Welcome to part 2, if you missed part one, follow this link:
Welcome back to part 2 where we continue off with the art of hand fighting–Conor McGregor.
There’s a certain trick to hand fighting that fighters keep aware of. One of the important factors in hand fighting is your hand positioning. It’s sometimes becomes a fight to see who gets the their hand higher above their opponent’s hand. The advantage of having your hand over your opponents is that you can parry it down to invite your own punches right through.
Max Holloway is one of the fighters in the UFC to have lasted 3 rounds with McGregor. Max’s demonstrated his own understanding of the hand game as well. Max managed to land the same hand fighting strategies Conor had pulled off.
Conor has a strong tendency to work off a variety kicks from his hand fighting as well. It’s one of the main habits Conor shows.
When Conor leads, he’s got quite a few tricks to ensure his body moves into dominant angles. Generally speaking, he moves outside of the opponent’s lead leg. As a brief conceptual summary, moving outside the lead leg gives you an advantage because it denies the opponent many weapons to use against you because of the need of having to re-adjust to strike back.
He are a few habits Conor shows when going on the offense.
Note in the first one example, Conor uses a hop step but his feet shifts forward to follow up with upper body allowing him to maintain equilibrium in his stance.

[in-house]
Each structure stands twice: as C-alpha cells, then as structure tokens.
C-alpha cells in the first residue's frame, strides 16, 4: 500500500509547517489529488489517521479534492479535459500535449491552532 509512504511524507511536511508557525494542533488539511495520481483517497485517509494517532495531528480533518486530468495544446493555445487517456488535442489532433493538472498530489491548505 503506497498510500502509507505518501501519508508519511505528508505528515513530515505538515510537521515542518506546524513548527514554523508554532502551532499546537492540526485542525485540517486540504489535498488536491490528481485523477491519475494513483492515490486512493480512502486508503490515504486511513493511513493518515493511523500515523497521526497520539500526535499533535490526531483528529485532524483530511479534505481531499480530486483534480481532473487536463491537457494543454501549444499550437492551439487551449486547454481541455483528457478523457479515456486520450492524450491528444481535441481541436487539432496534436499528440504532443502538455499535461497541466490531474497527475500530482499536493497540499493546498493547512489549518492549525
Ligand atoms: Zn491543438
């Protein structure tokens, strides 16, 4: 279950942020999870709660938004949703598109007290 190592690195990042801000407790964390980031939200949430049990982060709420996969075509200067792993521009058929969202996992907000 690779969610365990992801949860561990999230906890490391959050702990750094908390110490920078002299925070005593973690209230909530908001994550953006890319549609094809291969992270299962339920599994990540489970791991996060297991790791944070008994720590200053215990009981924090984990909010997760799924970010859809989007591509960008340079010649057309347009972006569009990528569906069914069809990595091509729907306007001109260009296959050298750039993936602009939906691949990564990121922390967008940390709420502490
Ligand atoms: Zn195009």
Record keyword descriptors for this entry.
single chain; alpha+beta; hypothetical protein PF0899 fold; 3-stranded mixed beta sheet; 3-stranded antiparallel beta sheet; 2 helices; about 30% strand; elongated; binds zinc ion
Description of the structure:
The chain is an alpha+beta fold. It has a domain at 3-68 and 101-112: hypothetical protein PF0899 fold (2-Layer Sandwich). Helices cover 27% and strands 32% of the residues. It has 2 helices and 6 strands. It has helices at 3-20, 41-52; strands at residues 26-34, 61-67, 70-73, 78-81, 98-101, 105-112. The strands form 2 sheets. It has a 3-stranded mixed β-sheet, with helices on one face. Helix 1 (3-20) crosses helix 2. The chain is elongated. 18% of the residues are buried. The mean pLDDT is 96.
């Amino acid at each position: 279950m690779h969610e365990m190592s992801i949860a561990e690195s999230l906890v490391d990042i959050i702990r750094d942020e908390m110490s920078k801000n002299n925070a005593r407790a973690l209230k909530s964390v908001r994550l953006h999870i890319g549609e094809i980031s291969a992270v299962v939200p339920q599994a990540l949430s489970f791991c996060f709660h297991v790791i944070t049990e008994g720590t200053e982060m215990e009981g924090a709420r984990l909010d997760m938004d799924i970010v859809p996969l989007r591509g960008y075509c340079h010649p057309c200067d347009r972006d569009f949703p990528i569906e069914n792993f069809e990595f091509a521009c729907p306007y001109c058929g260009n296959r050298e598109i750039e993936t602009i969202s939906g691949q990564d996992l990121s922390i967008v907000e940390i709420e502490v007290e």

Conor regularly practices landing the uppercut after hitting a new angle. The advantage of hitting a new angle first is that the opponent must turn to adjust to you, often leaving their guard open while re-adjusting.
Let’s watch this concept in action.
The uppercut was a perfect choice to land while Brimage was adjusting. The uppercut tends to be a high risk attack because of the dropping of the hand leaving your head exposed, but using in conjunction with hitting new angles ensures you a split time window where they won’t be able to attack unless they adjust to you first.
I wanted to mention a quick look at one of Conor’s defensive habits I enjoyed seeing. This isn’t his go-to defense but you’ll see it on occasion. The pushing block. AKA, Thai framing/stiff arming/ push blocking. Whatever you want to call it. It’s a good way to stuff their advancement and interrupt their technique.
A tool right out of a page from the “King of the Ring.”I do want to mention there are different styles of using this. I used Spong as an example because his style is similar to Conor’s.
“They don’t move like I move.” In part 3, we explore movement.
part 3 here: